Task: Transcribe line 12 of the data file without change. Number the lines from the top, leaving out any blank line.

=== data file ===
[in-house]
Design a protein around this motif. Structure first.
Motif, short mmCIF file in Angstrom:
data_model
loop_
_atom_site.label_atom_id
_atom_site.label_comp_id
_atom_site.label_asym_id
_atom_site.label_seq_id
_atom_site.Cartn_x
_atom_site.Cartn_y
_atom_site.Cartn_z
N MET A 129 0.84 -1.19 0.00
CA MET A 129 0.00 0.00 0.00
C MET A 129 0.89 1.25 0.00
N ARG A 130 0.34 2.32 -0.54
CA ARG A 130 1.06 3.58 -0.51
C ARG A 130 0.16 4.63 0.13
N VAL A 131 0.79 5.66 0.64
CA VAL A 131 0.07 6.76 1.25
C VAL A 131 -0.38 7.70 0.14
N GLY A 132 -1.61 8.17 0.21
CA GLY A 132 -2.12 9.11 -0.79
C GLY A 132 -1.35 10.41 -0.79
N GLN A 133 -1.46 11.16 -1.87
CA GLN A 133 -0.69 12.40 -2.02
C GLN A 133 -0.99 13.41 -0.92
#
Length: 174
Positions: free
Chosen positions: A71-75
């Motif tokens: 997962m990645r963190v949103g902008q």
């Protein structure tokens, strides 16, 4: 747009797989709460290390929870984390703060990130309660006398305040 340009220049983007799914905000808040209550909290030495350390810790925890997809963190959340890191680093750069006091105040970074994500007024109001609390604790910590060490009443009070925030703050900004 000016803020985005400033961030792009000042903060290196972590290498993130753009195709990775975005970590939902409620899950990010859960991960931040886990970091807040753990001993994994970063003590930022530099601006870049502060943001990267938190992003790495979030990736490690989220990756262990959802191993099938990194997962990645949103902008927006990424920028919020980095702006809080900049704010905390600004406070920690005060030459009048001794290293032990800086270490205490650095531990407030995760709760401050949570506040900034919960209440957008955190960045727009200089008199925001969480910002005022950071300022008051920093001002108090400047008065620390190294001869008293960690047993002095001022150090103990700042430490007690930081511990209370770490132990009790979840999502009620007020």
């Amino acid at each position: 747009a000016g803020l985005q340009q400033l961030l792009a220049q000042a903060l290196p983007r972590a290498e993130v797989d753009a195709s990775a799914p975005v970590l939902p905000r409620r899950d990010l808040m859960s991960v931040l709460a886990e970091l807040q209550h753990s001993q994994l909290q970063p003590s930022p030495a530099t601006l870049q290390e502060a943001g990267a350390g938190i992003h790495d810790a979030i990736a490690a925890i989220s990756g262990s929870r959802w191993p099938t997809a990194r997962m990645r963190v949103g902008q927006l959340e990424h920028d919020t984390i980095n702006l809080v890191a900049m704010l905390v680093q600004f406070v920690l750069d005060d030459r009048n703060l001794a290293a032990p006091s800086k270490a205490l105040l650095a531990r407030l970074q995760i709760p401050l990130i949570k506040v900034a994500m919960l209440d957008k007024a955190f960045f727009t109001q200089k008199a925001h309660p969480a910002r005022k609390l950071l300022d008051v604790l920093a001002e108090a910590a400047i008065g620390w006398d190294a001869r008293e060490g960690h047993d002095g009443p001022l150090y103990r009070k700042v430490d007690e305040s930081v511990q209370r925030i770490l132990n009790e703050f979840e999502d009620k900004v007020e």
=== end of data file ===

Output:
_atom_site.Cartn_z